The theme of December’s vigil was “Asylum is a Human Right.” As the people gathered in front of the immigration court at the Henry Whipple Federal Building courtyard, they formed a caravan. The caravan marched to the border of Guatemala (the edge of the parking lot), then to the border of Mexico (the transit station), then to the U.S. border (back to the courtyard). At each stop there was a reading of an article from the Declaration of Human Rights, the document that guarantees the right to seek asylum. That reading was followed by the reading of a Trump proclamation/tweet in direct contravention.
Although the caravan was symbolic, it was a stark reminder of the struggles that the people in the caravan experience. No doubt, however, the most poignant moment of the vigil was the passing of the vans, which looked much like cattle vans, carrying the detained to the courtroom for their potential sentence of deportation.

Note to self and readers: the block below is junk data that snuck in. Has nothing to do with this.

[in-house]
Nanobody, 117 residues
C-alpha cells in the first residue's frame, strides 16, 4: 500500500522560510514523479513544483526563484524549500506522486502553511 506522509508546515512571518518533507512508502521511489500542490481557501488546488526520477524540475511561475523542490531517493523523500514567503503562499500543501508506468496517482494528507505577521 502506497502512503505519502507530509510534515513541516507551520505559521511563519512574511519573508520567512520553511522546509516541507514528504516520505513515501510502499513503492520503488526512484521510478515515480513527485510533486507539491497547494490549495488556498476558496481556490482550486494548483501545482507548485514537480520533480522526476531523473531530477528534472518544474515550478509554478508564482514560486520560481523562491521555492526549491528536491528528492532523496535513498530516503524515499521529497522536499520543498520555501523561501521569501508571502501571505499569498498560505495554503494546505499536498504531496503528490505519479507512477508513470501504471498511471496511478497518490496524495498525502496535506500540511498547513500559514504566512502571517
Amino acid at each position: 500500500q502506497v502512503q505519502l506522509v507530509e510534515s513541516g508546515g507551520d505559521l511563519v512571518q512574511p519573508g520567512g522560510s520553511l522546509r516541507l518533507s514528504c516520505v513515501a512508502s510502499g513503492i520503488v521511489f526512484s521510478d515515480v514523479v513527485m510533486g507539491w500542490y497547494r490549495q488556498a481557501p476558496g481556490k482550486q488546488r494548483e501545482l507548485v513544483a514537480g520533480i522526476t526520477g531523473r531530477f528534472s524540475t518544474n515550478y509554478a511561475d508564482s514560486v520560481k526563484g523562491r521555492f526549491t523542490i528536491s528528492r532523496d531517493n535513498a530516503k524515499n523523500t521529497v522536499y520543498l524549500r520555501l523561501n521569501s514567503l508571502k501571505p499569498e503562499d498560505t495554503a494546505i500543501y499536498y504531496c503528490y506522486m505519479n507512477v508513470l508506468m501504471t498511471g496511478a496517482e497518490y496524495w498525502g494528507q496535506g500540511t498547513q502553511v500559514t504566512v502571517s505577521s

The December vigil was lead by Edina Community Lutheran Church. Michele Garnett McKenzie, Advocates For Human Rights, spoke about the human right to seek asylum. Rose Grengs told stories of three Central American women who she met at the border and were seeking asylum. Diane Haines, Mayflower UCC, in the voice of Sheriff Tony Estrada, told about the increased militarization of the border.
This vigil, sponsored by the Interfaith Coalition on Immigration (ICOM), is held every second Tuesday of the month at the Immigration Court at the Whipple Building, Fort Snelling. The Whipple building houses ICE and the immigration court. Human beings are brought there in shackles and deported from there in big white vans. The building is named after Bishop Henry Whipple and sits on land that is considered sacred by the Dakota people. Bishop Whipple was a staunch advocate for Native Americans.